Adam Avramescu 00:00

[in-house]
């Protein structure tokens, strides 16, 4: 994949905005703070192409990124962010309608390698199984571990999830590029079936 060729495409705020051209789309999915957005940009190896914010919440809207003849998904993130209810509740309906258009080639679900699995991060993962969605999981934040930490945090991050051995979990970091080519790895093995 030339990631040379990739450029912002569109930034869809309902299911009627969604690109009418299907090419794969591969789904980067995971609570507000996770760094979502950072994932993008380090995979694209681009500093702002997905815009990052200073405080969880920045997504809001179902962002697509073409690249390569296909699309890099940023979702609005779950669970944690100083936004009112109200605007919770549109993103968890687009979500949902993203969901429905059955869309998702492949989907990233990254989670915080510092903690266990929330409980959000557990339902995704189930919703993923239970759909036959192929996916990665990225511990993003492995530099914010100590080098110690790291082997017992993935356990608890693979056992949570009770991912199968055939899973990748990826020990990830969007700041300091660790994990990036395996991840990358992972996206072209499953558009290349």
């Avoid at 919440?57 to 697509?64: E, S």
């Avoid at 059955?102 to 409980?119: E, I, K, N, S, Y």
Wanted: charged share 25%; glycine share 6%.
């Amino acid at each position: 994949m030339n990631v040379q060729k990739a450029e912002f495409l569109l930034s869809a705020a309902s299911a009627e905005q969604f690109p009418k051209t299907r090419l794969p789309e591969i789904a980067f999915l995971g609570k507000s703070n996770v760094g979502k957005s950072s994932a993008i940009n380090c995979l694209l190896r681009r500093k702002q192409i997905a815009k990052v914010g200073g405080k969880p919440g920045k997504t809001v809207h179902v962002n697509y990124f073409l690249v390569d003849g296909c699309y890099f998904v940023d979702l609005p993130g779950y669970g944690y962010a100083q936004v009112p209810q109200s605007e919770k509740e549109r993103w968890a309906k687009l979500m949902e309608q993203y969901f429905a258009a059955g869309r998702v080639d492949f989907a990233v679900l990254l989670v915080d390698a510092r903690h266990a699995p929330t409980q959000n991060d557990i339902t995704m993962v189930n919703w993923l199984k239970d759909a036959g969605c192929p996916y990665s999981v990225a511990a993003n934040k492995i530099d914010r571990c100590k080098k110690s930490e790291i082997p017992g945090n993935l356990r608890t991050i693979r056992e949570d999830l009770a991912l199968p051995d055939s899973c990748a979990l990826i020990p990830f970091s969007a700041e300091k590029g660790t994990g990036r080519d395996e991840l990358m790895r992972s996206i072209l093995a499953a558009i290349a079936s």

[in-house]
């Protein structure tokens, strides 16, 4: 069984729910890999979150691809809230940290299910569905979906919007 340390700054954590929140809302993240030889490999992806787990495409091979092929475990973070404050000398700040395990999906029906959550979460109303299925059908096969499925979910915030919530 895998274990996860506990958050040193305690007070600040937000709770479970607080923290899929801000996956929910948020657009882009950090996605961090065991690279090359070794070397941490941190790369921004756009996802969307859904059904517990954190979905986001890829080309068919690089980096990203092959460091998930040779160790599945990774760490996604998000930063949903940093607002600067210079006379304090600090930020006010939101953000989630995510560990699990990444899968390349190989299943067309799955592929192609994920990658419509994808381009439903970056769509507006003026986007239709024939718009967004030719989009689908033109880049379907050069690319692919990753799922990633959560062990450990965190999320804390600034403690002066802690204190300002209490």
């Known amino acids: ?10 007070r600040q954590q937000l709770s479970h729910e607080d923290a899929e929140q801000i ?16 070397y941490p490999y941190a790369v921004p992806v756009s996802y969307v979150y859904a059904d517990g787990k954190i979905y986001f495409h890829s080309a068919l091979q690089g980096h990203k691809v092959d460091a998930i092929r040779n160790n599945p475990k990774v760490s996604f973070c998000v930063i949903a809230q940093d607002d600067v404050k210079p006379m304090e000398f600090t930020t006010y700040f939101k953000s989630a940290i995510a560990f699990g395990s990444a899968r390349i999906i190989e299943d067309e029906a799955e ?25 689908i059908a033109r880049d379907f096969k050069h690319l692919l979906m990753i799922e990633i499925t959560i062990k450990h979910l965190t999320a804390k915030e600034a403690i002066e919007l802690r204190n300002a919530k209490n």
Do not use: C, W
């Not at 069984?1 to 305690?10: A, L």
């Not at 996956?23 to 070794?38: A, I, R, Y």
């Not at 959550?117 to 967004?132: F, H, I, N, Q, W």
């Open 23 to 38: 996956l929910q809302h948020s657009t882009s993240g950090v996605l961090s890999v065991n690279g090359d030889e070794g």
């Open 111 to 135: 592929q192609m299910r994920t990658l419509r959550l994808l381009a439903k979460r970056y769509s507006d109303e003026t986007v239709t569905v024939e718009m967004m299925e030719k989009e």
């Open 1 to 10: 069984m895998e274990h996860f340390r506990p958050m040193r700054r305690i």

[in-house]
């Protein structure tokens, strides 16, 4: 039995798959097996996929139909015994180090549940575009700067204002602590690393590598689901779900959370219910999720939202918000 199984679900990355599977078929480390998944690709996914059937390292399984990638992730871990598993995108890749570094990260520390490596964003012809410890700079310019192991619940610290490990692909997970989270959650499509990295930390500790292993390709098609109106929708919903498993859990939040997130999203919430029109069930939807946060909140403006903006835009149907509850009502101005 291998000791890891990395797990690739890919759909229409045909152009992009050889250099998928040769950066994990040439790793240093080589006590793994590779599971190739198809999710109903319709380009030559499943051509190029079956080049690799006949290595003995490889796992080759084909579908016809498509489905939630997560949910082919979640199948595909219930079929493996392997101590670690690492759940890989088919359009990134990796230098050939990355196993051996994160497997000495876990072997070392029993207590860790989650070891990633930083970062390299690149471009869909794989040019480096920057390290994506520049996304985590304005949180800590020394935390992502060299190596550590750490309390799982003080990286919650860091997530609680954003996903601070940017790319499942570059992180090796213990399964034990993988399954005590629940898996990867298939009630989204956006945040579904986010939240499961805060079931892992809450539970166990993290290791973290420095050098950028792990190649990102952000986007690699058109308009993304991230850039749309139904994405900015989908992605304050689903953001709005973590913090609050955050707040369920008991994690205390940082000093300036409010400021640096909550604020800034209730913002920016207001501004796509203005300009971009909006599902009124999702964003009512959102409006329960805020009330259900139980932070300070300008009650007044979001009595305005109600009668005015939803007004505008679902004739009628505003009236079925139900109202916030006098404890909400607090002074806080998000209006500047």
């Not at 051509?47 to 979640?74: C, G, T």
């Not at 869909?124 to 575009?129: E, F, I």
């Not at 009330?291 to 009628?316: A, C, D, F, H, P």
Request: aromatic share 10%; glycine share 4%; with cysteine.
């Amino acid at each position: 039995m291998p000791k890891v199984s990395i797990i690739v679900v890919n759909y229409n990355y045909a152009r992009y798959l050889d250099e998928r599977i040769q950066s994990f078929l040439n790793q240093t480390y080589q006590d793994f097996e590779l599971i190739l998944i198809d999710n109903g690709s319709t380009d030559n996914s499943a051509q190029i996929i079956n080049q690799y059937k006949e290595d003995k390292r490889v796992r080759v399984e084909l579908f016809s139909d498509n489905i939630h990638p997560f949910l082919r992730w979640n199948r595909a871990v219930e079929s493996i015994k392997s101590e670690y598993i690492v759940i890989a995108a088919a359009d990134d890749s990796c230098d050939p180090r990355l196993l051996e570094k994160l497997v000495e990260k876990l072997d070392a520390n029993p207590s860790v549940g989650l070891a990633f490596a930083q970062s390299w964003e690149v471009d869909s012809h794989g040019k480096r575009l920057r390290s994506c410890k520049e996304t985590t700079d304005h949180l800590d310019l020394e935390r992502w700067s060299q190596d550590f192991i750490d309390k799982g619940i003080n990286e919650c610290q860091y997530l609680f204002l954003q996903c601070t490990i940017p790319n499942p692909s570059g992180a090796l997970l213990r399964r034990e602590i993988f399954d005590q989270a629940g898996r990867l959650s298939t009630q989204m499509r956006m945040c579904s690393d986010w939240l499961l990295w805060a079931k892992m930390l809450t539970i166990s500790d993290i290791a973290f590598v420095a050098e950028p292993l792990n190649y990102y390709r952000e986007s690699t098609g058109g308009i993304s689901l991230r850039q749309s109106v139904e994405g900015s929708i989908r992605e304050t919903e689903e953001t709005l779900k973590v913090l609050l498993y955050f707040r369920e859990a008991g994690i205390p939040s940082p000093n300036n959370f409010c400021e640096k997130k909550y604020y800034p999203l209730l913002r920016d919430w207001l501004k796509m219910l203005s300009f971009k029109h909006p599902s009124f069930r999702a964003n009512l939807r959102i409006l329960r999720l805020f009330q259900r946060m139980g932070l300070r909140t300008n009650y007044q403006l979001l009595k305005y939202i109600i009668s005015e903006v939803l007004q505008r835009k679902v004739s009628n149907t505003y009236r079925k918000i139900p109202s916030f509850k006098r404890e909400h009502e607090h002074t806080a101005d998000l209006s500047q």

Welcome to CELab, the customer education lab, where we take customer education myths and misconceptions and throw them in the trash. I’m your host Adam Avramescu. Today I will be doing a solo episode as we do from time to time here on national bean day. Yes, that is beans as in kidney or garbanzo, or baked beans like the recent fracas on Twitter with Bean Dad, look it up. If you haven’t heard of it, I am sure that by the time this episode airs, people will have long forgotten about that. But oh my gosh, what a wild ride it has been. Anyway, we are doing an episode today that we do from time to time and looking at our analytics has actually proven to be pretty popular. And this is our instructional design 101 series where we introduce customer educators, or refreshed customer educators. In some cases, a lot of you know these already about some of the key instructional design techniques and how we carry them into our work specifically in customer education. And as has become a mini tradition on these episodes, we kind of start with, with a mea culpa. Last time we did one of these episodes, I had to apologize for a mistake I made in the previous one. And today, I have to admit an error, which is that fairly recently in Episode 50, our anniversary special. We were doing a lightning round and I choked under pressure. I said when when I was asked what my favorite 90s TV show was I paused and My mind went blank. And I think I said Daria, I did say Daria, completely forgetting that the Simpsons was an iconic TV show that aired throughout the 90s pretty much defined the 90s I think in terms of TV shows, and which I am constantly referencing in passing comments. definitely do not want to shortchange The Simpsons there. Alright, let’s get into it. So today, we’re going to be talking about Gagne’s nine events of instruction. This is a little bit different from some of the other models that we’ve covered in the past. So in previous episodes of this series, we have talked about Bloom’s taxonomy, and Kirkpatrick, four levels of evaluation, those models, you could kind of consider them to be models of evaluation. So and I don’t know, I might get crap from this on Twitter, if, if people hear me lump them in together, but fundamentally, when you’re using Bloom’s taxonomy, you’re using it to define what sort of output do I want from this instruction? Like when I’m designing the learning, what learning objective? Am I am I structuring this around? So it’s it’s part informing the design and the content and how you’re going to teach. But fundamentally, it’s kind of what’s the outcome of the training that you want, or of the instructional event? And Kirkpatrick is sort of looking beyond that and saying, Okay, how are we going to measure those outputs. So, you know, let’s look at the learners satisfaction and the reaction, let’s look all the way down in the the outcome or the business results of that training. Now, Gagne’s events of instruction, I put kind of in a different category, because this is, in my mind purely about how we actually structure content during one of our trainings. So this really is a framework that we can use to almost sequence, any training or kind of instructional program into some key steps or events that will ultimately promote healthier learning. Again, not every training that we do has to follow these nine events hard and fast. And in fact, I’ll talk a little bit about how we modify some of these within the realm of customer education, but it’s important to know the rules before you break them. And this is based on research that Gagne did on the conditions that lead to most effective learning over time. So what are the nine events, I’ll read them in order and then we can kind of group group them a little bit, because these are typically sequence throughout an actual training event or an intervention. So the nine events are: #1 is gaining attention. #2 is the learning objective or informing learners of the objective? #3 is you stimulate recall of prior learning. #4 is you present a stimulus #5 is you provide learning guidance. #6 is you then elicit performance. #7 is you provide feedback on that performance. #8 is you assess performance, and #9 is you focus on retention and transfer. Okay, so what does that all mean? Well, let’s start with number one. gain your learner’s attention. This is one that it’s it’s really easy for us to miss and to forget, but just like anything, we are going to be less conducive to Learning or engaging with something if we’re not paying attention to it right? This is why when you read a novel, for instance, or you watch a movie, often they’ll start with that in medias res, probably pronouncing that wrong. That’s I think that’s Latin- the technique where, you know, you start where the action is, and then you’ll kind of go through the action and the heroes, you know, escaping from the burden burning building, and then they’ll have the title card that comes on and says “six months earlier” and then you’ll kind of go back chronologically to the beginning of the story. And why are they doing that? they’re doing that to hook your attention. Because if they started the movie, or the TV show, or whatever it is, with the, you know, the character waking up and eating breakfast, you know, that’s not necessarily the most exciting place of the story to start. And it’s not necessarily what’s going to feel most relevant, and learning because the same way we we underestimate the power of storytelling techniques in learning a lot of the time, and we think of it very procedurally. So this is one thing that is really easy to start incorporating into your actual learning design, I say easy, it’s easy to commit to do it, it’s not always easy to do it in practice, because if you’re training on a topic that is super dry, and super boring, you’re not always going to find the most exciting thing to be able to start with. But I do think if you put some time into thinking about this in your learning design, you will find a piece that it’s at least very relevant or a hook for the learner. So you know, next time you’re starting a course, and you start with a list of the learning objectives, or a very dry statement, like in this course, we will focus on blah, blah, blah, blah, blah, that’s not necessarily going to be the most exciting thing for the learner, it’s not going to be the most relevant and you’re not necessarily hooking them, what you’re signaling to them with a dry opening like that is typically, this is the exact type of elearning that you’re used to and that you don’t want to take or this is going to be one of those really dry instructor led courses. That is how you’re going to, you’re going to sleep through. So let’s not do that. Let’s start with what’s relevant. Let’s start by telling an interesting story about how learning these skills will be relevant to you, or the types of things that can be done when you acquire these skills, or maybe even something controversial, or, or interesting, because once you have their attention, it’s going to be a lot easier to do the rest of it. You could do this even through icebreakers. Although I personally prefer when the attention getter is more relevant to the actual learning that’s being done. So like, you could you could start by asking like a, an interesting question to the group in letting them kind of answer, it could be a story, it could be, you know, sometimes you start with a really tough challenge or a problem statement for them to solve something that you know, they’re not going to be able to solve at the beginning of the course. And now their minds are kind of around it right, by the end of the course, they should be able to solve this problem. there is value in some courses, especially with a kind of challenge oriented learners of actually starting with a really tough problem for them to grapple with. Okay, so that’s one thing that that first of all, I just see a lot of people do not do they skip straight to typically what is step two, which is the learning objectives. So Gagne, I think, has a pretty key insight here that learners aren’t really going to care about the learning objectives until you have first gotten their attention. So okay, now that you have their attention, let’s tell them what the objectives of the courses and most of the trainings I see. And that you probably see, to have the typical learning objective side, by the end of this course, the learner will be able to XYZ and XYZ are usually verbs, look at the verbs, their verbs like, understand, or know, or maybe comprehend. And, again, those are not super performance oriented. We talked about this a little bit in the Bloom’s Taxonomy episode, where, ultimately, yes, you might want them to know or understand, but a lot of times in customer education, we’re really trying to prove that we are and again, this isn’t just customer education. I think this is true for a lot of l&d. We’re not just trying to check the boxes and inform our audience of something, we really want them to be able to change their behavior, we want them to do something differently. So I encourage anyone who’s doing the sort of instructional design to only use, you know, know and understand and learning objectives like that, if you really, really have to, because I don’t think most learners really care about what they’ll know or understand. There are exceptions to this. There are scenarios where they might I think a learning objective slide is going to be more interesting if you’re really focused on telling them what it is that they’re actually going to be able to do what and why that’s relevant to them. Now, that said, You don’t even necessarily need to have the traditional learning objective slide, that’s not the second step of gunnies model, the second step is inform learners of the objective. So this could just be an explanation, it could be kind of in the talk track, it could be something that you do as an interactivity where you actually ask learners what they want to be able to do by the end of this course. And if you have the the freedom and latitude to shape the course around that you can, you can do that you could have fun with it. I know some people who and again, this depends on tone, some people do the Mission Impossible. The objective of this training, should you choose to accept it is to dot dot dot, I don’t know if that’s more or less relevant than doing just a dry slide. But at least it’s kind of an intention getter. So the goal here though, is is really just to, to inform them what it is that they should be able to do by the end of the course. And no one understand typically isn’t actually the goal. The third step is all about prior learning, stimulating recall of prior learning. And this is based again, in some of the ideas that if you are going to learn a new skill, that skill is based on top of previous skills and previous knowledge that you have that’s already kind of, you know, somewhere in your brain. So this is going to be not always relevant in terms of customer education. Because unlike a lot of other learning programs, where we do have a stronger sense of both who our learners are and what they’ve already learned, in customer education, we don’t always have that control, right, we’re typically walking into scenarios where the learners are completely unknown, they don’t work for us, they work for another company. In a lot of cases, we might not even be doing a training where we know exactly who they are, it might be public content, where the learner could be finding it on Google or a search engine. So we won’t always be able to leverage prior knowledge. But I think where you can do this is in courses that are sequential. So for instance, if you’re doing say, like a certification or learning path, or something that might have multiple modules, or multiple lessons in it, when you go to a new lesson or a new course in the path, you can review some of the previous content from previous courses to kind of like stimulate that prior recall. You can also do it if you use levels. So let’s say you have beginner and intermediate and advanced courses, it’s perfectly fair game for you to talk about and to maybe quiz the learner on some of the things that they should already know in an intermediate course from having taken a beginner level course. And in some cases, what that might prompt them to do is actually go back to the beginner course. And this helps get you around some of the issues, I think around learner self selection, it’s really hard in a lot of cases, if you have labeled courses beginner, intermediate advanced for a learner to really know where they should be. There are some people who know and will admit that they’re beginners, but there are others who either just don’t know, because they don’t know what your definition of a beginner or an advanced person is. Or they might not really want to admit that they might say, you know, I’ve been playing around with this, this product for a little while, I think I know what I’m doing. And then they go to the advanced course. And then they go, Oh, my gosh, I didn’t realize what I didn’t know. So there’s a value regardless in in having some way, especially if it’s a sequential course, or an advanced course of letting the learner know what they should know already. And I think that is in customer education, where stimulating prior recall really makes sense. Okay, so step four really simple, is some people call it presenting the stimulus, other people call it presenting the content, it’s really just actually like doing the teaching or doing the instruction. And there are many, many, many ways to do that. This is format agnostic, this could be instructor led training, this could be videos, this could be project based learning, I won’t go too much into what this is, because that that can be an entirely different instructional design course on actually presenting content in different formats. And there is good research actually, around how different formats work and some principles for making multimedia learning more effective. And that’s something that we might cover on a future episode of this very series. So that takes us to the fifth step, which is all about providing learning guidance. And this is again, where we’re not necessarily going completely linearly, because you’re typically going to be doing this as you provide a lot of the instruction. So this could depending on the instruction that you’re you’re using or the format that you’re using, could look pretty different. Let’s say you’re doing a live course. While this could be about providing some coaching during the course, or providing instructions for activities, so learners know what to do at every point, this is actually something that is really easy to get wrong, especially if you’re working with really large groups where you can’t necessarily see everyone’s faces or understand where whether everyone is, is keeping pace. We need to provide really clear instructions on what we want learners to do, especially during activities, or question prompts, or, or things like that. This could also be where we provide mnemonic devices or analogies, or key visuals, pieces like that, that really helped kind of encode, the learning guidance can mean a lot of things in this context. But really, it’s about helping them kind of process and digest the learning. So when you hear about a model, like telling me you show me Let me try something like that. This is basically what they’re talking about the the previous step was Tell me, you’re actually presenting the information. And it’s, you know, it’s on you to do that in a way that is appropriately stimulating and engaging to the learner. And then show me is often about providing some guidance or ways to encode that learning. And then that kind of takes you to let me try, which is actually the next step. It’s all about eliciting performance. So this is where you actually want the learner to do something to put the skills into practice. So this could look like, you know, a practice, it could look like a scenario based question, it could be giving them a case study to work on, it could be a role playing exercise, we love role playing and soft skill trainings. There are lots of ways to do this. But it’s the same principle as some of those learning cones that have been pretty well debunked by this point where you know, you you see you’ll, you’ll retain 10%, of what you see, but 90% of what you teach back. Now, that stuff is not necessarily valid, a lot of it has been debunked, but some of the principle behind it is, you’re generally going to get better retention,if the learner has had a chance to actually engage with the concepts, and actually apply them in some format during the actual instruction, because that’s going to help make it more relevant and is going to help them actually solve problems during the training. So don’t necessarily take the learning code and stuff as gospel, but do incorporate opportunities for practice and reflection throughout your training, because that is going to help with the encoding of the information. And then when you do that, that kind of takes us to step seven, which is providing feedback. So when you have a practice question or a scenario or an opportunity to model skills, you provide feedback. So what this does is it’s immediate feedback, and it helps them respond to how they they did the practice activity. So you could do this with a matrix, you could do this with, you know, elearning, it could be giving them a response, like, Hey, you know, you got this wrong, please go back and look at this section. And we’ll tell you why there is some formative versus summative feedback that that goes into this, we can talk about that on a future episode. But I think the idea here is make sure that when you’re giving your learners an opportunity to model their skills, give them meaningful feedback on what they’re doing, if you can, because the closer the feedback you give them is to the actual thing that they’ve they tried the the more they’re going to learn from it typically. So then we get to assessing performance. So this is again, this is like formative versus summative feedback. So the the feedback that you were getting earlier was immediate, and in the moment and was helping you judge how you were modeling some of those activities. But by the end of the course, you typically want something that is a capstone that really helps the learner digest this more holistically and provide some sort of evaluation. We talked about this in the Kirkpatrick episode, where this is really what level two assessment is about. This could be a test too, this could be a practicum exam. It’s just some way essentially for them to prove that they have demonstrated proficiency with whatever the skill was that that this training was teaching. So typically, that’s going to be like a test or a certification or something like that. And then finally, that brings us to nine, which is all about retention and transfer. So now we’re talking about what happens after the training. And this is one that again, I think a lot of people don’t necessarily think of when they’re designing, learning. A lot of the times we’re thinking about, we do the test at the end and then learning is over. That’s it. But that’s not necessarily going to lead to really effective learning transfer. We talked about this in the Kirkpatrick episode too, when you kind of move from that level to which is all about measuring the effect of Learning during the training itself, you still have to get to level three, which is application on the job. What are people actually doing after they went to that training? Did it change behavior in any way. So that’s what step nine is really about. This is finding ways for them to take it back into their work. So for example, this could be providing them with one sheeters or handouts or job aids that they can actually use on the job. It could be providing them in time resources that they can use. Some people like to use digital adoption platforms, like walk me or pendo, or app queues, or what fix there’s, there’s a lot of them out there to do this on the job if it’s software training, specifically. But there are a lot of ways you can in fact, you can even build this into the training itself. If you have sufficient time and attention, you could have learners create reminders for themselves, you could have them create job aids for themselves, you could have them create reference materials for themselves, the more the learner is actually involved in creating these follow ups, I think it helps generate more commitment. So again, this is hard to do in customer education, in the sense that we in many cases do not see a lot of the learners after we’ve engaged with them, they go back to their respective companies, and they use our software. And, you know, we hope, we hope for the best in some cases, I think it’s great to be able to follow up with your customers and your accounts, if you can, and actually see how they’re applying these, these skills on the job. In fact, if you have enterprise customers that you have really good relationships with a lot of the time, you can actually go and follow up with them and see what the the end effect of was of the training and how they’re ultimately adopting your product. And so that will usually give you some good ideas and cues for how you can make this step most effective. Because you can actually provide more meaningful follow on activities, resources, job aids guides, self serve resources, whatever it is that they need to ultimately put these skills into practice. So that’s really gonna is nine events in a nutshell. And as you can see, in customer education, and especially if you’re doing a lot of virtual asynchronous learning, you’re not necessarily going to be able to incorporate all of these in a super heavy handed manner. But the nice thing about the framework is you don’t need to, in some ways, it’s almost a reminder or a checklist as you’re structuring your learning to incorporate some form of these into whatever modality you’re using for customer education. So you know, if you walk through some of these steps, creating a great attention grabbing introduction, you can do super quickly, that could even be a provocative statement, the sentence or question. The learning objectives can be really, really quick, especially in a relatively simple course, or even an article doesn’t take very long to tell them what the article is intended to help them do. stimulating recall of prior knowledge, again, this is probably a hard one to do in some formats in customer education. But certainly, again, in a sequential series, you can refer back to what they learned in the previous one, you could ask a quick quiz question, then you present the content in some format, you provide guidance around how to transfer that, that learning, you give them an opportunity to practice could be a quick quiz question could be a practice activity could be guidance for them to go do something in the product. You give them feedback based on that activity, ideally, especially if you’re able to measure what they did during the practice activity, I know we’re not always able to. And then you provide some sort of final assessment again, you’re probably going to be able to do this more in a course format, than in something like an article, you’re not necessarily going to be able to measure whether they can actually perform the skill if they’re just reading an article. But especially if you’re doing a course this is typically easy to do, you know, some sort of Capstone quiz or assessment so they can do their own knowledge check. And then providing resources. What are some other articles you might want to read? Where are the best help resources that I can go to put this into practice? What are some job aids that I can download or reference as I use your product or as I use your software doesn’t need to be super heavyweight. Alright, so this was another episode of instructional design 101, we try to keep these pretty quick, dirty and informal. I know that there are much more formal places you can go to learn the real, the real meat behind these theories. But hopefully these continue to be a really helpful way to apply these practically on the job as a customer educator, especially if you don’t have a background in some of the deeper adult learning theory behind some of these. So keep letting us know whether these are relevant and helpful to you. And if they are, we’ll keep doing them. There certainly more theories that we can do this series on and Until then, keep Educating, experimenting and finding your people. Thanks, everyone.